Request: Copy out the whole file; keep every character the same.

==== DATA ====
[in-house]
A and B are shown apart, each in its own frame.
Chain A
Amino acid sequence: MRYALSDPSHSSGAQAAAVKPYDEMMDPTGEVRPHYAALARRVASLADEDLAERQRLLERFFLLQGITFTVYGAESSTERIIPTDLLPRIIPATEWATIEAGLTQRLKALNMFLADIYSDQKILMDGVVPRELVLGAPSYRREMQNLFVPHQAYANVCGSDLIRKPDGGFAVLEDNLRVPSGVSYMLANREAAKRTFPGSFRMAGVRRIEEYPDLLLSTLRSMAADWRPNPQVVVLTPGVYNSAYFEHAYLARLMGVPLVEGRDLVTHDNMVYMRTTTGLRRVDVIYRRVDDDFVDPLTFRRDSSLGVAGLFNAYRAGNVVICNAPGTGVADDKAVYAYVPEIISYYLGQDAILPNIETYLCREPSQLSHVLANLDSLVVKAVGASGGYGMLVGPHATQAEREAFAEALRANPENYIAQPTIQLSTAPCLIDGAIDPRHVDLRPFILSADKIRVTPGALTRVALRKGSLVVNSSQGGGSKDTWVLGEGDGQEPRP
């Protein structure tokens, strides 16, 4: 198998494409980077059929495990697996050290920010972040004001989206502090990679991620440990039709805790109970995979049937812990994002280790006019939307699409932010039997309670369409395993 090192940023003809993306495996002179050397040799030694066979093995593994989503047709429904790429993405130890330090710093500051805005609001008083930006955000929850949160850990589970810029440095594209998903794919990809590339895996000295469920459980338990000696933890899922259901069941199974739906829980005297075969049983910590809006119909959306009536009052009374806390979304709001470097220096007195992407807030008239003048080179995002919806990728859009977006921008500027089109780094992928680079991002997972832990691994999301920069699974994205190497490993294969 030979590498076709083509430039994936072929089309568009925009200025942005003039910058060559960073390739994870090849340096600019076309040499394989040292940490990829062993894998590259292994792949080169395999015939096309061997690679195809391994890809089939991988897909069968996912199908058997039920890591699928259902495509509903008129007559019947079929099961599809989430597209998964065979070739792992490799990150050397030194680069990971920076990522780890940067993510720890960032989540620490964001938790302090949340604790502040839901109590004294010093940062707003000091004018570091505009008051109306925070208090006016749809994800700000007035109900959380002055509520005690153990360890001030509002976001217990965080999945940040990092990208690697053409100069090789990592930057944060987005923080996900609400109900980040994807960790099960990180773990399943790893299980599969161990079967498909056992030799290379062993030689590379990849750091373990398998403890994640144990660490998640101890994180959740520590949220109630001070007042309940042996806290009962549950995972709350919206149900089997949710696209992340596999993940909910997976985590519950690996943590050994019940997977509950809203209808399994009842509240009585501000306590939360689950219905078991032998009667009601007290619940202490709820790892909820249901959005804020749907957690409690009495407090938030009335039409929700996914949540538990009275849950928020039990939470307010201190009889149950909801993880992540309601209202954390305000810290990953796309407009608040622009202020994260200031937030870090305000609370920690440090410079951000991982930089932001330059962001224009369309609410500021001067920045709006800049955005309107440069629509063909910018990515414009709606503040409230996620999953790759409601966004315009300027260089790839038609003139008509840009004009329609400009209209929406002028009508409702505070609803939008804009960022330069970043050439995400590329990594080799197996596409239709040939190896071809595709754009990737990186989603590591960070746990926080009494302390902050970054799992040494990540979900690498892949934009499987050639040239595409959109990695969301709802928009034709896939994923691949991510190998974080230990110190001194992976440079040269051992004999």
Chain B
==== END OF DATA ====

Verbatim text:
[in-house]
A and B are shown apart, each in its own frame.
Chain A
Amino acid sequence: MRYALSDPSHSSGAQAAAVKPYDEMMDPTGEVRPHYAALARRVASLADEDLAERQRLLERFFLLQGITFTVYGAESSTERIIPTDLLPRIIPATEWATIEAGLTQRLKALNMFLADIYSDQKILMDGVVPRELVLGAPSYRREMQNLFVPHQAYANVCGSDLIRKPDGGFAVLEDNLRVPSGVSYMLANREAAKRTFPGSFRMAGVRRIEEYPDLLLSTLRSMAADWRPNPQVVVLTPGVYNSAYFEHAYLARLMGVPLVEGRDLVTHDNMVYMRTTTGLRRVDVIYRRVDDDFVDPLTFRRDSSLGVAGLFNAYRAGNVVICNAPGTGVADDKAVYAYVPEIISYYLGQDAILPNIETYLCREPSQLSHVLANLDSLVVKAVGASGGYGMLVGPHATQAEREAFAEALRANPENYIAQPTIQLSTAPCLIDGAIDPRHVDLRPFILSADKIRVTPGALTRVALRKGSLVVNSSQGGGSKDTWVLGEGDGQEPRP
């Protein structure tokens, strides 16, 4: 198998494409980077059929495990697996050290920010972040004001989206502090990679991620440990039709805790109970995979049937812990994002280790006019939307699409932010039997309670369409395993 090192940023003809993306495996002179050397040799030694066979093995593994989503047709429904790429993405130890330090710093500051805005609001008083930006955000929850949160850990589970810029440095594209998903794919990809590339895996000295469920459980338990000696933890899922259901069941199974739906829980005297075969049983910590809006119909959306009536009052009374806390979304709001470097220096007195992407807030008239003048080179995002919806990728859009977006921008500027089109780094992928680079991002997972832990691994999301920069699974994205190497490993294969 030979590498076709083509430039994936072929089309568009925009200025942005003039910058060559960073390739994870090849340096600019076309040499394989040292940490990829062993894998590259292994792949080169395999015939096309061997690679195809391994890809089939991988897909069968996912199908058997039920890591699928259902495509509903008129007559019947079929099961599809989430597209998964065979070739792992490799990150050397030194680069990971920076990522780890940067993510720890960032989540620490964001938790302090949340604790502040839901109590004294010093940062707003000091004018570091505009008051109306925070208090006016749809994800700000007035109900959380002055509520005690153990360890001030509002976001217990965080999945940040990092990208690697053409100069090789990592930057944060987005923080996900609400109900980040994807960790099960990180773990399943790893299980599969161990079967498909056992030799290379062993030689590379990849750091373990398998403890994640144990660490998640101890994180959740520590949220109630001070007042309940042996806290009962549950995972709350919206149900089997949710696209992340596999993940909910997976985590519950690996943590050994019940997977509950809203209808399994009842509240009585501000306590939360689950219905078991032998009667009601007290619940202490709820790892909820249901959005804020749907957690409690009495407090938030009335039409929700996914949540538990009275849950928020039990939470307010201190009889149950909801993880992540309601209202954390305000810290990953796309407009608040622009202020994260200031937030870090305000609370920690440090410079951000991982930089932001330059962001224009369309609410500021001067920045709006800049955005309107440069629509063909910018990515414009709606503040409230996620999953790759409601966004315009300027260089790839038609003139008509840009004009329609400009209209929406002028009508409702505070609803939008804009960022330069970043050439995400590329990594080799197996596409239709040939190896071809595709754009990737990186989603590591960070746990926080009494302390902050970054799992040494990540979900690498892949934009499987050639040239595409959109990695969301709802928009034709896939994923691949991510190998974080230990110190001194992976440079040269051992004999």
Chain B